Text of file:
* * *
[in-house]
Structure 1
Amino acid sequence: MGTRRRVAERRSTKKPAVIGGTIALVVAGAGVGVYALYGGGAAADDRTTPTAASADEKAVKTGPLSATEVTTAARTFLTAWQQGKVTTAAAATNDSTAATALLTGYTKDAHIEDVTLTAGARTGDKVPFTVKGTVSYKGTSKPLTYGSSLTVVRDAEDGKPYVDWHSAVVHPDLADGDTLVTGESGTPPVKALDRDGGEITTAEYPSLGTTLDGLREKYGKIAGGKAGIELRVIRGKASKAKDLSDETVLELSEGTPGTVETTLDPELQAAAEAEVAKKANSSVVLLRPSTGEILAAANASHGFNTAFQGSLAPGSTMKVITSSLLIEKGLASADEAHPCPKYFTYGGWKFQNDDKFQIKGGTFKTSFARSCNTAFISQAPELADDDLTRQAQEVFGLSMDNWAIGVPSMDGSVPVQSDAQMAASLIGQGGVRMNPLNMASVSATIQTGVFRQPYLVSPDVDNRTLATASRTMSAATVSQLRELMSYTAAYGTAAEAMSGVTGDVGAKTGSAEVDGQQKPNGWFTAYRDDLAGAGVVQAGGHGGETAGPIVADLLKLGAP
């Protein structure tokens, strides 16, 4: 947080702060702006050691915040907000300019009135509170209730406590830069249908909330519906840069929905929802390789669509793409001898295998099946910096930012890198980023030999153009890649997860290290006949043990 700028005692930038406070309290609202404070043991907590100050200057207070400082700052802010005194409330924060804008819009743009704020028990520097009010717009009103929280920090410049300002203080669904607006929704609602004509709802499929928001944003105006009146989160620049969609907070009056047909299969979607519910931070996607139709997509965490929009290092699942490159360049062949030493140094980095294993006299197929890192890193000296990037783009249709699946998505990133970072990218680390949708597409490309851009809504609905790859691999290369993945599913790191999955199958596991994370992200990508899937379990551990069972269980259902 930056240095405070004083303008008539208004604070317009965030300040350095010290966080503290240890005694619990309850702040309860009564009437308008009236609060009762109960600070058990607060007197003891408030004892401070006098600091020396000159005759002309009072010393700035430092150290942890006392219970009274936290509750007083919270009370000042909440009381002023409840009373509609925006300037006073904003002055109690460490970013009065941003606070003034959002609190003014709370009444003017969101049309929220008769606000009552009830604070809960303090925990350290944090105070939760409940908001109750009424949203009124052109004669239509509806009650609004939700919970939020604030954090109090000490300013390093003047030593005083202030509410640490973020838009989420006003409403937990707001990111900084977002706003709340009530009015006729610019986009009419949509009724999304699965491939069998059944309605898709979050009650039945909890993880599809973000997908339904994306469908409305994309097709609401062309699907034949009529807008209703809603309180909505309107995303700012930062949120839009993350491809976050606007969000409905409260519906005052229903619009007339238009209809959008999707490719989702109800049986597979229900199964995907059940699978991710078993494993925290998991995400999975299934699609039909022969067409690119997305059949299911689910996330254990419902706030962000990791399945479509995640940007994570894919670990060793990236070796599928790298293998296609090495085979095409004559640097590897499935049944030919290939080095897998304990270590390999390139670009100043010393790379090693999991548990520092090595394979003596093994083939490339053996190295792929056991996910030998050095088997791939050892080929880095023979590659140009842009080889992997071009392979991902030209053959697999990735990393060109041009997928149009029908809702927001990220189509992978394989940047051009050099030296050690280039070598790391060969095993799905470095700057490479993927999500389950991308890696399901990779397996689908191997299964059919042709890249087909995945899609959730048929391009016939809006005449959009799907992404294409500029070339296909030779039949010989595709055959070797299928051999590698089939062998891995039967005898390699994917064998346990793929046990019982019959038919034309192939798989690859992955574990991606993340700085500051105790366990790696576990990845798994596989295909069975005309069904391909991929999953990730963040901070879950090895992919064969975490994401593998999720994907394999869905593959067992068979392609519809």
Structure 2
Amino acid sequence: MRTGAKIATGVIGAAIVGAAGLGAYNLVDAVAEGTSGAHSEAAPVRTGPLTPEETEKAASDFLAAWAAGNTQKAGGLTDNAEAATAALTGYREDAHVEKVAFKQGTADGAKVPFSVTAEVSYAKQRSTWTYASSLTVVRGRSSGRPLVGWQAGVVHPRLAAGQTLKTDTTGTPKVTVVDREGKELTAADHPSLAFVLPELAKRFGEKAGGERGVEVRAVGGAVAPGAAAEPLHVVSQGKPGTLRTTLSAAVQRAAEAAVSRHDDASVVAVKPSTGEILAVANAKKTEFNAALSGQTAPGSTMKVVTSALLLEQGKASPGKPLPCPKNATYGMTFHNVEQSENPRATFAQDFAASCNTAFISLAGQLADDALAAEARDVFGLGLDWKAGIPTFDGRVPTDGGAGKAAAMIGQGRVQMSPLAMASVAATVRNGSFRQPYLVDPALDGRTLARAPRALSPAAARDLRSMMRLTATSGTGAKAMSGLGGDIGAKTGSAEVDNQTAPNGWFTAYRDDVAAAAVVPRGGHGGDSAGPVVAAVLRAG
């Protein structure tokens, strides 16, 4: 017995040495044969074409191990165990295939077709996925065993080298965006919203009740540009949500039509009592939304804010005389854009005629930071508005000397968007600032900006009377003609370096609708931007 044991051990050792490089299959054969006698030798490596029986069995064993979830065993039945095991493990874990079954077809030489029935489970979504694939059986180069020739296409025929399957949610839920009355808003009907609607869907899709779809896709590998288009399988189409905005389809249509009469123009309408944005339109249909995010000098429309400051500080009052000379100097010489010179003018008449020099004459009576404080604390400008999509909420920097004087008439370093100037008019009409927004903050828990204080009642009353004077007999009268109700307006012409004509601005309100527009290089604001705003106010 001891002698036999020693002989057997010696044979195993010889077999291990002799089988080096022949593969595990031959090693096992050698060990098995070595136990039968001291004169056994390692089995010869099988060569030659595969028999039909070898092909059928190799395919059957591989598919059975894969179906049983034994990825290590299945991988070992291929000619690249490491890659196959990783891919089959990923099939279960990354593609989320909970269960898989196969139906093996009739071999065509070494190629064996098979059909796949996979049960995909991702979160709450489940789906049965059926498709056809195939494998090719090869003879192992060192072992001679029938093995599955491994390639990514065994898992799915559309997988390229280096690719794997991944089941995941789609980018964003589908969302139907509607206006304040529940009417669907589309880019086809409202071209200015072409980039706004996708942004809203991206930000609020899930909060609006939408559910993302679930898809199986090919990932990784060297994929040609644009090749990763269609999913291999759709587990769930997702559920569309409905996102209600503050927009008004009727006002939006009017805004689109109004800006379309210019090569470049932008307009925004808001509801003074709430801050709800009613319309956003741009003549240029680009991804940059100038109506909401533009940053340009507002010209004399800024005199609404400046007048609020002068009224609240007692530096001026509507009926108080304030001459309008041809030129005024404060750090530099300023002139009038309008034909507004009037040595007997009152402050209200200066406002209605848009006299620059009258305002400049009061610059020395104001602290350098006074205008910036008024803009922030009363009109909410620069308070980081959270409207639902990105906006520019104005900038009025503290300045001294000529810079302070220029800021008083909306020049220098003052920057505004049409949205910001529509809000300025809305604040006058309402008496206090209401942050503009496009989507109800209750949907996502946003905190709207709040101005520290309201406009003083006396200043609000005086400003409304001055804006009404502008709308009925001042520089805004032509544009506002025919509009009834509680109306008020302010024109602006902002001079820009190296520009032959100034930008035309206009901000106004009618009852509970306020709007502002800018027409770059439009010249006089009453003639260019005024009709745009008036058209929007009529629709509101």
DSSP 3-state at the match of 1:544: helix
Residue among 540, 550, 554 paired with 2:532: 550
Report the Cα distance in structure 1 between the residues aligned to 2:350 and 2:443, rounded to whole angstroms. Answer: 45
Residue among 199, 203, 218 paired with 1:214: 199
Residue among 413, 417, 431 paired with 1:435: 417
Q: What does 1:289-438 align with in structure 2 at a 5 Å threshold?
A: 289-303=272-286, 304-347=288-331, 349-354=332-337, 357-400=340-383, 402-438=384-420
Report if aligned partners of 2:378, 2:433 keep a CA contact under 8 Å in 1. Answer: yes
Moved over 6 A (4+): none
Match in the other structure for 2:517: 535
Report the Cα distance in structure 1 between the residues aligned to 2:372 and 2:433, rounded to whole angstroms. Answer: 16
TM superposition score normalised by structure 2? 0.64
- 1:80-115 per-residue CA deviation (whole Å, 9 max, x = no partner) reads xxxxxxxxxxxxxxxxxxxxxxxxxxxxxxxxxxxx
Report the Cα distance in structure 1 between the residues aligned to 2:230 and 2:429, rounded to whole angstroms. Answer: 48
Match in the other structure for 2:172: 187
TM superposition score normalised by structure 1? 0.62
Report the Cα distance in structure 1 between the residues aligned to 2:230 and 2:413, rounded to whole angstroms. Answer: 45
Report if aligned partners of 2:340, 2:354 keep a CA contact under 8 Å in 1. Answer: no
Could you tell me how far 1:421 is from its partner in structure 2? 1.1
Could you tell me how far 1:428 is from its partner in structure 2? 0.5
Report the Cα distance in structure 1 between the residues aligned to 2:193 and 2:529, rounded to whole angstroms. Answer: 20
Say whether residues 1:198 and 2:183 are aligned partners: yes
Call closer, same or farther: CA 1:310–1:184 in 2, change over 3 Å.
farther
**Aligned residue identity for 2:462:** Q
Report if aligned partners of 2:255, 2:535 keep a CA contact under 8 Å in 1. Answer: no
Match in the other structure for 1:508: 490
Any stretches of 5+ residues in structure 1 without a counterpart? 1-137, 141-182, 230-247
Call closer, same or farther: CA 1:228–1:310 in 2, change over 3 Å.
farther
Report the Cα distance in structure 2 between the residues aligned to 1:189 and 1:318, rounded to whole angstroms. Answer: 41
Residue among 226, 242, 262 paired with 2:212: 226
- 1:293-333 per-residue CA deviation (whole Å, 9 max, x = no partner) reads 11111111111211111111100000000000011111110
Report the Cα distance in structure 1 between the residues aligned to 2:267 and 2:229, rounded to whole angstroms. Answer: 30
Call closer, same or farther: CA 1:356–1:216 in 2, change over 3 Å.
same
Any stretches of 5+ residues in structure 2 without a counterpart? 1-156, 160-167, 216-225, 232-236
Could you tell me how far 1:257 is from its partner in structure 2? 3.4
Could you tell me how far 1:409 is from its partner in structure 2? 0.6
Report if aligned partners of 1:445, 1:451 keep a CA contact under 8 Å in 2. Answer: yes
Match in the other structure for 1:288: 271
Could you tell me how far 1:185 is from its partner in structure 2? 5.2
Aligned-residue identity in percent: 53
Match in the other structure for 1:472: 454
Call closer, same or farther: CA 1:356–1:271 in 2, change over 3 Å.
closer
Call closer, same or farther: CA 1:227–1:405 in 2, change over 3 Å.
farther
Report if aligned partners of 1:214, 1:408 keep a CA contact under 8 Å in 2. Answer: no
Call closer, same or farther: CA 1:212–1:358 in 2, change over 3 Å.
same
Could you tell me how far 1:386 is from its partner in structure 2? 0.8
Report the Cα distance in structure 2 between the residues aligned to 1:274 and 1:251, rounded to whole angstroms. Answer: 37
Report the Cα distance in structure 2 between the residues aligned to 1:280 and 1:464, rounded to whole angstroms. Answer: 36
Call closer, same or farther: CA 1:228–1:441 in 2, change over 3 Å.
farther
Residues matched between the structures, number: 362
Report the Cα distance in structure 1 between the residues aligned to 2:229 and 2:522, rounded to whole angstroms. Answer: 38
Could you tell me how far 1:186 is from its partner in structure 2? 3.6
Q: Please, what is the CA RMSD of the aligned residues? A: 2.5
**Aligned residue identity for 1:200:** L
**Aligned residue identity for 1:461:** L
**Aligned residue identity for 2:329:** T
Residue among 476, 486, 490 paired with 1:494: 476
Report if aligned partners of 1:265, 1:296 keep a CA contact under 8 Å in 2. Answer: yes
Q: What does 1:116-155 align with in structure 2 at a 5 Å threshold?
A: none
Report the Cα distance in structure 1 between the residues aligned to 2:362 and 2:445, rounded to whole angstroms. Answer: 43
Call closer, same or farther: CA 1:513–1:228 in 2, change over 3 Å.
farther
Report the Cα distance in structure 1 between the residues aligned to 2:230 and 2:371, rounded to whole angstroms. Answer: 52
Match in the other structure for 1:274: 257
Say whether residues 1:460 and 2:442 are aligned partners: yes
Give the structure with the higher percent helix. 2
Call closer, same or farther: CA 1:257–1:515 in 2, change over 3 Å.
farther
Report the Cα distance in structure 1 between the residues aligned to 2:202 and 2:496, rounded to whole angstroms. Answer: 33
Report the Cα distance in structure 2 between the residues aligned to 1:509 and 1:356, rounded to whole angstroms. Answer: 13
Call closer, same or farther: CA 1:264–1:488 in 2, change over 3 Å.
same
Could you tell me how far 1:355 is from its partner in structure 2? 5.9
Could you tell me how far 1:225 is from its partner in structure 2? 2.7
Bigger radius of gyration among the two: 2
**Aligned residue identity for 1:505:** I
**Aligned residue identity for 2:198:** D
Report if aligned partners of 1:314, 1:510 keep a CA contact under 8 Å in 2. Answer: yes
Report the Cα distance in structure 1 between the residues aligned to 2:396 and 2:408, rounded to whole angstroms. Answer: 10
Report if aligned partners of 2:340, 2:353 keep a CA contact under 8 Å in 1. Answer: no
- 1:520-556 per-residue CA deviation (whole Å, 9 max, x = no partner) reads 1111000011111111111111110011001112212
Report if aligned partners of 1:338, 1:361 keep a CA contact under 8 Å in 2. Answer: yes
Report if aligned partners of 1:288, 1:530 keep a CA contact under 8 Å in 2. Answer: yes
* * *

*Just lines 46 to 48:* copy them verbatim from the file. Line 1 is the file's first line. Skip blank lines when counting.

Could you tell me how far 1:409 is from its partner in structure 2? 0.6
Report if aligned partners of 1:445, 1:451 keep a CA contact under 8 Å in 2. Answer: yes
Match in the other structure for 1:288: 271